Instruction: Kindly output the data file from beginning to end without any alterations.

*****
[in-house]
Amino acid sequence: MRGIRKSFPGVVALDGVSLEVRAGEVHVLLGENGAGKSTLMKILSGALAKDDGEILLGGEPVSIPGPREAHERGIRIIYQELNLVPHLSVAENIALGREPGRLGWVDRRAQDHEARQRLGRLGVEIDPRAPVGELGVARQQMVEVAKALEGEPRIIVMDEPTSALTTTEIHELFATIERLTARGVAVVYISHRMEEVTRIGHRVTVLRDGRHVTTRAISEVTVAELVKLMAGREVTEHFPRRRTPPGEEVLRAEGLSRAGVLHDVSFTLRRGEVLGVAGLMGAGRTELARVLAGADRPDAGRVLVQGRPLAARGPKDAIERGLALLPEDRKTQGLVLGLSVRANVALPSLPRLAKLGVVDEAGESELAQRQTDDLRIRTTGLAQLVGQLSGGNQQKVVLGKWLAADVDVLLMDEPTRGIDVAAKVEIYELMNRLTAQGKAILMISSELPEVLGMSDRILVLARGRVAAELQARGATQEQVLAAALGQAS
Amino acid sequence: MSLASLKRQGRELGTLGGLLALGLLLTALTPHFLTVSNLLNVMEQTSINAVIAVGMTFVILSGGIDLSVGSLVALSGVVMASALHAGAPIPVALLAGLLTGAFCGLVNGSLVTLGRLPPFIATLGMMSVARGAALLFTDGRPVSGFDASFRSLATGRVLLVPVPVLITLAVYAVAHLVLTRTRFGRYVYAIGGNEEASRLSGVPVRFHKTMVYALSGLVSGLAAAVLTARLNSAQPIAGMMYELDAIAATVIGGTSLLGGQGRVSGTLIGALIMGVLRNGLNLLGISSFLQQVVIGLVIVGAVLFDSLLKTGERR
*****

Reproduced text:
[in-house]
Amino acid sequence: MRGIRKSFPGVVALDGVSLEVRAGEVHVLLGENGAGKSTLMKILSGALAKDDGEILLGGEPVSIPGPREAHERGIRIIYQELNLVPHLSVAENIALGREPGRLGWVDRRAQDHEARQRLGRLGVEIDPRAPVGELGVARQQMVEVAKALEGEPRIIVMDEPTSALTTTEIHELFATIERLTARGVAVVYISHRMEEVTRIGHRVTVLRDGRHVTTRAISEVTVAELVKLMAGREVTEHFPRRRTPPGEEVLRAEGLSRAGVLHDVSFTLRRGEVLGVAGLMGAGRTELARVLAGADRPDAGRVLVQGRPLAARGPKDAIERGLALLPEDRKTQGLVLGLSVRANVALPSLPRLAKLGVVDEAGESELAQRQTDDLRIRTTGLAQLVGQLSGGNQQKVVLGKWLAADVDVLLMDEPTRGIDVAAKVEIYELMNRLTAQGKAILMISSELPEVLGMSDRILVLARGRVAAELQARGATQEQVLAAALGQAS
Amino acid sequence: MSLASLKRQGRELGTLGGLLALGLLLTALTPHFLTVSNLLNVMEQTSINAVIAVGMTFVILSGGIDLSVGSLVALSGVVMASALHAGAPIPVALLAGLLTGAFCGLVNGSLVTLGRLPPFIATLGMMSVARGAALLFTDGRPVSGFDASFRSLATGRVLLVPVPVLITLAVYAVAHLVLTRTRFGRYVYAIGGNEEASRLSGVPVRFHKTMVYALSGLVSGLAAAVLTARLNSAQPIAGMMYELDAIAATVIGGTSLLGGQGRVSGTLIGALIMGVLRNGLNLLGISSFLQQVVIGLVIVGAVLFDSLLKTGERR